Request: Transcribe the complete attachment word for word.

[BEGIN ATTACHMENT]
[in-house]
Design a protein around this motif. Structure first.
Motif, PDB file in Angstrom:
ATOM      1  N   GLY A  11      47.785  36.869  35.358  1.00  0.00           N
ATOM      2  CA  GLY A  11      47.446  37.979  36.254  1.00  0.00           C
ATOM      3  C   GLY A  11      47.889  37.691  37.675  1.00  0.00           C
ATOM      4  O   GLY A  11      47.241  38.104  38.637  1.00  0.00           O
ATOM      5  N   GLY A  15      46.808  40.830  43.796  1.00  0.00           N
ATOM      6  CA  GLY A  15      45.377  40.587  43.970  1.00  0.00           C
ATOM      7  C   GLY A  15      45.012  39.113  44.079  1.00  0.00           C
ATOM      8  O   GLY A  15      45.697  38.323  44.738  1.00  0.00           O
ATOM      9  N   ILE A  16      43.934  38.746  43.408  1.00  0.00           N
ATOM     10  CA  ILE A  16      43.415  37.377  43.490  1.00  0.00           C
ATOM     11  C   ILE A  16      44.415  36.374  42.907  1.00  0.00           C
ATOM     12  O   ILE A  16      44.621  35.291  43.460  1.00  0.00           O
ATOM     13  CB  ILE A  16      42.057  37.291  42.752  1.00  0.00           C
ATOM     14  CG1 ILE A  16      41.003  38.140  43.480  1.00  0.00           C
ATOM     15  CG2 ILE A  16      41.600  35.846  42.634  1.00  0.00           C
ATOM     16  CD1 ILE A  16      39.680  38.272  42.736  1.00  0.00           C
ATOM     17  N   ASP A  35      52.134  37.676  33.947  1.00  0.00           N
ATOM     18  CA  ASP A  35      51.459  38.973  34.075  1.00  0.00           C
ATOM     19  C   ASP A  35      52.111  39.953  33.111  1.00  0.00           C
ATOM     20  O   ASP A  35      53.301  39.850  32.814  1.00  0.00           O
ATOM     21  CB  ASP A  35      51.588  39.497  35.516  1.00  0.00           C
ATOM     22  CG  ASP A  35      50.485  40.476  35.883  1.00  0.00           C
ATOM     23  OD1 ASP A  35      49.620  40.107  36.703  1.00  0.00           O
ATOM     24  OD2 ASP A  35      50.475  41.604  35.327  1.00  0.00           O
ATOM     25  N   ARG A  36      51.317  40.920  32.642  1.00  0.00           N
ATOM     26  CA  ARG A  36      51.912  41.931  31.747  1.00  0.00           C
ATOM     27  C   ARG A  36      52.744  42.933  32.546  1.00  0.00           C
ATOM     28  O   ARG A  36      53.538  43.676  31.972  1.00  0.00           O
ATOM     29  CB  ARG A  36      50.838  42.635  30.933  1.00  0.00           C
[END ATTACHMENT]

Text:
[in-house]
Design a protein around this motif. Structure first.
Motif, PDB file in Angstrom:
ATOM      1  N   GLY A  11      47.785  36.869  35.358  1.00  0.00           N
ATOM      2  CA  GLY A  11      47.446  37.979  36.254  1.00  0.00           C
ATOM      3  C   GLY A  11      47.889  37.691  37.675  1.00  0.00           C
ATOM      4  O   GLY A  11      47.241  38.104  38.637  1.00  0.00           O
ATOM      5  N   GLY A  15      46.808  40.830  43.796  1.00  0.00           N
ATOM      6  CA  GLY A  15      45.377  40.587  43.970  1.00  0.00           C
ATOM      7  C   GLY A  15      45.012  39.113  44.079  1.00  0.00           C
ATOM      8  O   GLY A  15      45.697  38.323  44.738  1.00  0.00           O
ATOM      9  N   ILE A  16      43.934  38.746  43.408  1.00  0.00           N
ATOM     10  CA  ILE A  16      43.415  37.377  43.490  1.00  0.00           C
ATOM     11  C   ILE A  16      44.415  36.374  42.907  1.00  0.00           C
ATOM     12  O   ILE A  16      44.621  35.291  43.460  1.00  0.00           O
ATOM     13  CB  ILE A  16      42.057  37.291  42.752  1.00  0.00           C
ATOM     14  CG1 ILE A  16      41.003  38.140  43.480  1.00  0.00           C
ATOM     15  CG2 ILE A  16      41.600  35.846  42.634  1.00  0.00           C
ATOM     16  CD1 ILE A  16      39.680  38.272  42.736  1.00  0.00           C
ATOM     17  N   ASP A  35      52.134  37.676  33.947  1.00  0.00           N
ATOM     18  CA  ASP A  35      51.459  38.973  34.075  1.00  0.00           C
ATOM     19  C   ASP A  35      52.111  39.953  33.111  1.00  0.00           C
ATOM     20  O   ASP A  35      53.301  39.850  32.814  1.00  0.00           O
ATOM     21  CB  ASP A  35      51.588  39.497  35.516  1.00  0.00           C
ATOM     22  CG  ASP A  35      50.485  40.476  35.883  1.00  0.00           C
ATOM     23  OD1 ASP A  35      49.620  40.107  36.703  1.00  0.00           O
ATOM     24  OD2 ASP A  35      50.475  41.604  35.327  1.00  0.00           O
ATOM     25  N   ARG A  36      51.317  40.920  32.642  1.00  0.00           N
ATOM     26  CA  ARG A  36      51.912  41.931  31.747  1.00  0.00           C
ATOM     27  C   ARG A  36      52.744  42.933  32.546  1.00  0.00           C
ATOM     28  O   ARG A  36      53.538  43.676  31.972  1.00  0.00           O
ATOM     29  CB  ARG A  36      50.838  42.635  30.933  1.00  0.00           C